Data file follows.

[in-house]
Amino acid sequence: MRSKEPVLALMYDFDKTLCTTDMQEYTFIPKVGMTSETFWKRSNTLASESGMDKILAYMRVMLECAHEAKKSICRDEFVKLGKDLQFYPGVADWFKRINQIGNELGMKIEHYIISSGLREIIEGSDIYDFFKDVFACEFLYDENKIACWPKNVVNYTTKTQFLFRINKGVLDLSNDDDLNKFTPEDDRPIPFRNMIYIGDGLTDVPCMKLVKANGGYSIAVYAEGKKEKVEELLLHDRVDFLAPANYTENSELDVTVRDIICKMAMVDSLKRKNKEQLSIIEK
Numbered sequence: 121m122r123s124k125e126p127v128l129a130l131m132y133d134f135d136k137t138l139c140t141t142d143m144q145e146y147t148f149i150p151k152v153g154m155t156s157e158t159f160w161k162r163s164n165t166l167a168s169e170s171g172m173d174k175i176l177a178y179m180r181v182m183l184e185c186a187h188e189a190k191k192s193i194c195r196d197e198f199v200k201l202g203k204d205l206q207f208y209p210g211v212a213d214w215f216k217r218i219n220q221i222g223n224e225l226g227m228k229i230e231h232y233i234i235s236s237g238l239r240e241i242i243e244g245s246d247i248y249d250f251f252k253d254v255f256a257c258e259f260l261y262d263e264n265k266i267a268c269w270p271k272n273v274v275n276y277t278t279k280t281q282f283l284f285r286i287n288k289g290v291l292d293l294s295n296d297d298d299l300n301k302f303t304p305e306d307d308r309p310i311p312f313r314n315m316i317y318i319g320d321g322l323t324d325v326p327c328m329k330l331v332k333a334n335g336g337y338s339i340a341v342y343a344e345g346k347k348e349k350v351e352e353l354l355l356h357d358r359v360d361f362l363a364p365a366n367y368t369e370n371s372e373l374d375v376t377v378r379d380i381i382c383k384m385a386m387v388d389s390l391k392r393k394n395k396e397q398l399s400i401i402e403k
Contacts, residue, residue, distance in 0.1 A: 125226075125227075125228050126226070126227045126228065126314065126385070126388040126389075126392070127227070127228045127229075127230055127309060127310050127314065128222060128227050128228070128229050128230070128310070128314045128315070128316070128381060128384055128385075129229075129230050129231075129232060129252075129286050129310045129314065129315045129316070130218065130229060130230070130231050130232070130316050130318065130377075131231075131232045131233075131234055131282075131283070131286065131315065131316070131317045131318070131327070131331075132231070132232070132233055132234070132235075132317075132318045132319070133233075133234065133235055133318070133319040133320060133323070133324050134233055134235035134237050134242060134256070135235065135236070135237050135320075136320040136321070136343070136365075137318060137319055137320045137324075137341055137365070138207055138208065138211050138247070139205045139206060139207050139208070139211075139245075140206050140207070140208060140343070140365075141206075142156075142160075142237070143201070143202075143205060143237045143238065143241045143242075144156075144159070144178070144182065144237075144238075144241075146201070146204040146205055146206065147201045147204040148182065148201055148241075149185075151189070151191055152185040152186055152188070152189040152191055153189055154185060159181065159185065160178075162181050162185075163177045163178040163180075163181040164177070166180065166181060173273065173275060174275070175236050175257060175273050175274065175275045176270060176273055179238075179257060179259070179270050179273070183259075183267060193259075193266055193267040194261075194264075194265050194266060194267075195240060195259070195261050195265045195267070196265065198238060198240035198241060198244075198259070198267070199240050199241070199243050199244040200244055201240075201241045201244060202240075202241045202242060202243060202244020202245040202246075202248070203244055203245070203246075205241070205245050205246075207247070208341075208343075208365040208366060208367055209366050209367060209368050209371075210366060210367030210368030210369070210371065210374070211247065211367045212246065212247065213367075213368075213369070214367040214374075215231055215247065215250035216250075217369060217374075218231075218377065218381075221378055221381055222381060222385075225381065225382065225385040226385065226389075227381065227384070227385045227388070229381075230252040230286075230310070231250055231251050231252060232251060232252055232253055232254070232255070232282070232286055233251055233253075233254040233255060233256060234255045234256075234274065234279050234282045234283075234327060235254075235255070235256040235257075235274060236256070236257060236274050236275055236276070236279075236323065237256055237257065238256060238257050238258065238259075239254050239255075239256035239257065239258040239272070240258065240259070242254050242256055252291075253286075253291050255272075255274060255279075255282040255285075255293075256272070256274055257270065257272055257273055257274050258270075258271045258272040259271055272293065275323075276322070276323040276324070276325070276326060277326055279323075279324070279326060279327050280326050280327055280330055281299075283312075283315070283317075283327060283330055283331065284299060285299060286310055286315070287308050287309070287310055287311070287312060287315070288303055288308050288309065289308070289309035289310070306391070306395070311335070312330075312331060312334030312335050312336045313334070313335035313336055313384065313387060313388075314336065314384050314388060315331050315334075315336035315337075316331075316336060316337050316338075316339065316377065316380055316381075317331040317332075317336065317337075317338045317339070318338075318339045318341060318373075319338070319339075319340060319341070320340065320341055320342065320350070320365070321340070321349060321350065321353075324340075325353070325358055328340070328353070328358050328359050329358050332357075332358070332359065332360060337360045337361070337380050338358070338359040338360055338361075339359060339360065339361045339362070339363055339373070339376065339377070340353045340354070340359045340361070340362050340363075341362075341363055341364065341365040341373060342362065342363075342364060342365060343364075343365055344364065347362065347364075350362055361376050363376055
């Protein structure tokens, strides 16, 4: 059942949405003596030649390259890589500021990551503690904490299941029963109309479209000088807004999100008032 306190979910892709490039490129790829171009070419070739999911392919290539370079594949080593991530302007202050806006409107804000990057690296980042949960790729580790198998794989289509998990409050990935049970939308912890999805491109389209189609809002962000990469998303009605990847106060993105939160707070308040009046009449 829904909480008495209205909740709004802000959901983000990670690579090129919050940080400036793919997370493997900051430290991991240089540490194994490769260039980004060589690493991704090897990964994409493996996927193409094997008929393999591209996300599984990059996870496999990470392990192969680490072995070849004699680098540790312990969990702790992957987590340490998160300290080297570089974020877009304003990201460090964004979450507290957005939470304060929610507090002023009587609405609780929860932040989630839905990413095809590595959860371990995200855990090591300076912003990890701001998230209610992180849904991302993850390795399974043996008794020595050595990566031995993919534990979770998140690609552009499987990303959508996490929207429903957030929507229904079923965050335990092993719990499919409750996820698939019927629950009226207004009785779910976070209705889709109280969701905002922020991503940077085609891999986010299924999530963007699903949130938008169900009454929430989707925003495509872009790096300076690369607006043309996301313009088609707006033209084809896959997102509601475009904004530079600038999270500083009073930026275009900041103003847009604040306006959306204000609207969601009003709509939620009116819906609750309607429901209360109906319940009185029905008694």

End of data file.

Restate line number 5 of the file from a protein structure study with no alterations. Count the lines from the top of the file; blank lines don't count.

């Protein structure tokens, strides 16, 4: 059942949405003596030649390259890589500021990551503690904490299941029963109309479209000088807004999100008032 306190979910892709490039490129790829171009070419070739999911392919290539370079594949080593991530302007202050806006409107804000990057690296980042949960790729580790198998794989289509998990409050990935049970939308912890999805491109389209189609809002962000990469998303009605990847106060993105939160707070308040009046009449 829904909480008495209205909740709004802000959901983000990670690579090129919050940080400036793919997370493997900051430290991991240089540490194994490769260039980004060589690493991704090897990964994409493996996927193409094997008929393999591209996300599984990059996870496999990470392990192969680490072995070849004699680098540790312990969990702790992957987590340490998160300290080297570089974020877009304003990201460090964004979450507290957005939470304060929610507090002023009587609405609780929860932040989630839905990413095809590595959860371990995200855990090591300076912003990890701001998230209610992180849904991302993850390795399974043996008794020595050595990566031995993919534990979770998140690609552009499987990303959508996490929207429903957030929507229904079923965050335990092993719990499919409750996820698939019927629950009226207004009785779910976070209705889709109280969701905002922020991503940077085609891999986010299924999530963007699903949130938008169900009454929430989707925003495509872009790096300076690369607006043309996301313009088609707006033209084809896959997102509601475009904004530079600038999270500083009073930026275009900041103003847009604040306006959306204000609207969601009003709509939620009116819906609750309607429901209360109906319940009185029905008694």